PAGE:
What an entrance. About 10 minutes into “Hustlers,” Jennifer Lopez does a pole-dance routine that will go down in cinematic history as one of the most unforgettable character introductions since Rita Hayworth in “Gilda.” And this time it’s to no less of a song than “Criminal” by Fiona Apple. Constance Wu has nothing to do but stare in shock, and man, do we agree with her. The next scene is of Ms. Lopez in that outfit and a fur coat on a rooftop, smoking and looking so unbelievably beautiful that you almost forget you’re watching a based-on-a-true-story movie about a gang of strippers who drug and rob a bunch of men. As bait to get us on a hook, “Hustlers” uses the power of Ms. Lopez’s body very, very effectively. But it doesn’t reel us in as far as we should.

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My Best Friend's Meddling

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Tamara Hardman/2019 Sundance Film Festival

MOVIE REVIEW
Animals (2019)

The process of how someone puts their career together is endlessly fascinating. How someone chooses their work and builds the life they want will never not be interesting in a film. And if the hero/ine of that story has a best friend? Jackpot. When lives entwine in crowded homes and clothes are shared along with every thought, things can get very interesting: whether in making art (“Frances Ha”), murdering an inconvenient parent (“Heavenly Creatures”) or getting overinvested in each other’s love lives (“Me Without You”). “Animals” does all of those things except for the murder. What it doesn’t do is give the friendship equal weight on both sides, which is its second-biggest weakness.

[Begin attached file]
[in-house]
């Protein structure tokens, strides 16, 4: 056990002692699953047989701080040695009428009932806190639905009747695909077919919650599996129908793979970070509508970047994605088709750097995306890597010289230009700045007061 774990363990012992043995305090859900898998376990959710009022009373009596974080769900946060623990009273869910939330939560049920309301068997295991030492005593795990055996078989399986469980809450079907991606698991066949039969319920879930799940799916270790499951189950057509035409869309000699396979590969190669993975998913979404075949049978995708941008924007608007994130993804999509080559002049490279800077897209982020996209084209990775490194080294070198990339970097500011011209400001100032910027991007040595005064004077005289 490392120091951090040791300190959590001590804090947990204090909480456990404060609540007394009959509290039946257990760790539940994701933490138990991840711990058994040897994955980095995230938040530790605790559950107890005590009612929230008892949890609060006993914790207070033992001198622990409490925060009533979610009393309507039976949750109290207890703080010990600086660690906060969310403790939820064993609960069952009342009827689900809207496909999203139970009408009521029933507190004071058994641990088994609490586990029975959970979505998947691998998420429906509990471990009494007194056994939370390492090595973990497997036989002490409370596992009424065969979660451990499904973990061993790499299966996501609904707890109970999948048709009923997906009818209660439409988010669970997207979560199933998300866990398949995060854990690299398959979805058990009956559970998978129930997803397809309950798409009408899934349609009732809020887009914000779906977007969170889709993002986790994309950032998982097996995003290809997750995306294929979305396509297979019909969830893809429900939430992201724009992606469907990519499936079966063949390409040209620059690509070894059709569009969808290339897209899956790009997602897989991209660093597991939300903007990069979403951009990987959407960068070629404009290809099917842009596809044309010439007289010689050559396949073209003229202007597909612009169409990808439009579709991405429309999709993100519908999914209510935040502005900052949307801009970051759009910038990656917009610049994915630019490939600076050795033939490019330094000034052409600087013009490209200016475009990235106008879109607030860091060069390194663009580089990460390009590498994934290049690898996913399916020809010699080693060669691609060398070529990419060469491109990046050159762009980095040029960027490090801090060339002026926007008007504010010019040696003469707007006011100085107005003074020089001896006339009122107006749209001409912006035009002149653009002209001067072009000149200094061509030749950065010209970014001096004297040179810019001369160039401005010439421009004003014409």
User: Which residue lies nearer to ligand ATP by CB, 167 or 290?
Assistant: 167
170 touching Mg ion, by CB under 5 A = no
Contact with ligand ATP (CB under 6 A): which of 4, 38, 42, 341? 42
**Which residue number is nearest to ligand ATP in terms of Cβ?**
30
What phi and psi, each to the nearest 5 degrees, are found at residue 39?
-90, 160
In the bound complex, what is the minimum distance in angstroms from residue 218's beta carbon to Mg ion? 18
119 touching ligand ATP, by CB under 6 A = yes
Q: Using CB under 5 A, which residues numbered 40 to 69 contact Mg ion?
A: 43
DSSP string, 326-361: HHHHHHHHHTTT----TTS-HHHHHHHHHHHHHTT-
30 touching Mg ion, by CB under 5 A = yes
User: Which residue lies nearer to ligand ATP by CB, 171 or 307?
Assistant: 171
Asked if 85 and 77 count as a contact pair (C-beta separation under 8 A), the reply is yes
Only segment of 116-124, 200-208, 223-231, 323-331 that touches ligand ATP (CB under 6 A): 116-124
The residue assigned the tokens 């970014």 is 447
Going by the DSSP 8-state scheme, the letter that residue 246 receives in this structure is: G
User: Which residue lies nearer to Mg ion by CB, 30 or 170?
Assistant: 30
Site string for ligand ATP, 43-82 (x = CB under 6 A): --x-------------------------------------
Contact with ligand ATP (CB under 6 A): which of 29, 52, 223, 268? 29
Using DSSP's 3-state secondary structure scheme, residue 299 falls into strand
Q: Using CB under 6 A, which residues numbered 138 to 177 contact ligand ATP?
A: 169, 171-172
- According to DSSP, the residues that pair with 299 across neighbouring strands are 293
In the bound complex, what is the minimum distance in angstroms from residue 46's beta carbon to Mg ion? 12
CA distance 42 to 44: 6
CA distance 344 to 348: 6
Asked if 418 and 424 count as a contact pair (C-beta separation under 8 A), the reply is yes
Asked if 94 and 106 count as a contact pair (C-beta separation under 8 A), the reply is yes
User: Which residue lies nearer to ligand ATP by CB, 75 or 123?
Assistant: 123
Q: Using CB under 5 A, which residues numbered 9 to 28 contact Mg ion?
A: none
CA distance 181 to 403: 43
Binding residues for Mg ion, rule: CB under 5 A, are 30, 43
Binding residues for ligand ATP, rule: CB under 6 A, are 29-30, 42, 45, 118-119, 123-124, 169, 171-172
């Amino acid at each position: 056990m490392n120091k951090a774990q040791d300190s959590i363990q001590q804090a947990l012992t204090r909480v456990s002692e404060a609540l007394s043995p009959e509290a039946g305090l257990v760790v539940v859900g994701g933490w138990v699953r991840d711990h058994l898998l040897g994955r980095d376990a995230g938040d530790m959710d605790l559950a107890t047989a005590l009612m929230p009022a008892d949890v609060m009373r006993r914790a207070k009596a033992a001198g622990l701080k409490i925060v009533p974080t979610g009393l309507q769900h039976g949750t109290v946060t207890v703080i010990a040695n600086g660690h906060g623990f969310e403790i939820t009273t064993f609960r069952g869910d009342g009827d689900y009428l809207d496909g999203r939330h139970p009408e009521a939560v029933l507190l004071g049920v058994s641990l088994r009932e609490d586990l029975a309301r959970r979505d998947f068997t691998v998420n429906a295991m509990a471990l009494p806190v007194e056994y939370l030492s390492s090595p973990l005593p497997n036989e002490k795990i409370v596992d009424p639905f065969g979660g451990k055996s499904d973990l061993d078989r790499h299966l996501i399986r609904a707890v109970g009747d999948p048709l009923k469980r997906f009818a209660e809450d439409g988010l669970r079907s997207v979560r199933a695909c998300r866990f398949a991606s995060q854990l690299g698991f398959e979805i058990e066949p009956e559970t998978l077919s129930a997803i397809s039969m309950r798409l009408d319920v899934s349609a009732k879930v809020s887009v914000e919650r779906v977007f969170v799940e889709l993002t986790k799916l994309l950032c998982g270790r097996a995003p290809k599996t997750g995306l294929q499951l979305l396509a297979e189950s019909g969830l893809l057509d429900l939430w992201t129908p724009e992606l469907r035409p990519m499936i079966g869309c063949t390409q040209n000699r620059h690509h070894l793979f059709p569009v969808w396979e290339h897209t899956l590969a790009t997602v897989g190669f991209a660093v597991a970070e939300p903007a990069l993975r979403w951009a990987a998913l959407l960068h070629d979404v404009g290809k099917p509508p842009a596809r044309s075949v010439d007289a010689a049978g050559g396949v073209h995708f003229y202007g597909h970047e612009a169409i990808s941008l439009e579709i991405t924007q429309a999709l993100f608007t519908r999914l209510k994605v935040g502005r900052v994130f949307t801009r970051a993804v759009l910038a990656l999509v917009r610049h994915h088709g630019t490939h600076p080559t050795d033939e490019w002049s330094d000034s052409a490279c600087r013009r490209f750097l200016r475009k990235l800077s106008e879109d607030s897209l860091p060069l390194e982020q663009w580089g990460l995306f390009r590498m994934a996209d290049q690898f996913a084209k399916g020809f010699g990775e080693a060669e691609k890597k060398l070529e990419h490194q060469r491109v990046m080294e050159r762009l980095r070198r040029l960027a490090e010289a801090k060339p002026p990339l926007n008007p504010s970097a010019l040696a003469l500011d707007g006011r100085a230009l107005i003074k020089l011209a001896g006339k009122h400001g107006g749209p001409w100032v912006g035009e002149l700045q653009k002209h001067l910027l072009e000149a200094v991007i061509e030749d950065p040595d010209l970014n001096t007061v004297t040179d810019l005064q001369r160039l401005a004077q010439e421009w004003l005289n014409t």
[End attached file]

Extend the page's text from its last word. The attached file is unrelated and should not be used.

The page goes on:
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Fake It Till You Make It

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Allen Fraser/BFI Flare 2019

MOVIE REVIEW
J. T. LeRoy (2019)

Finally, Kristen Stewart gets a part that makes her happy. Ms. Stewart is notorious for her discomfort with the fame that has been the result of her acting talent – look at the photos of her barely hiding her misery on any red carpet. This feeling is the entire point of her character, Savannah, in “J. T. Leroy,” an inspired-by-true-events story of a famous literary hoax that captivated America last decade. The hoax is revealed right at the start. What the movie explores is why the characters needed to do it.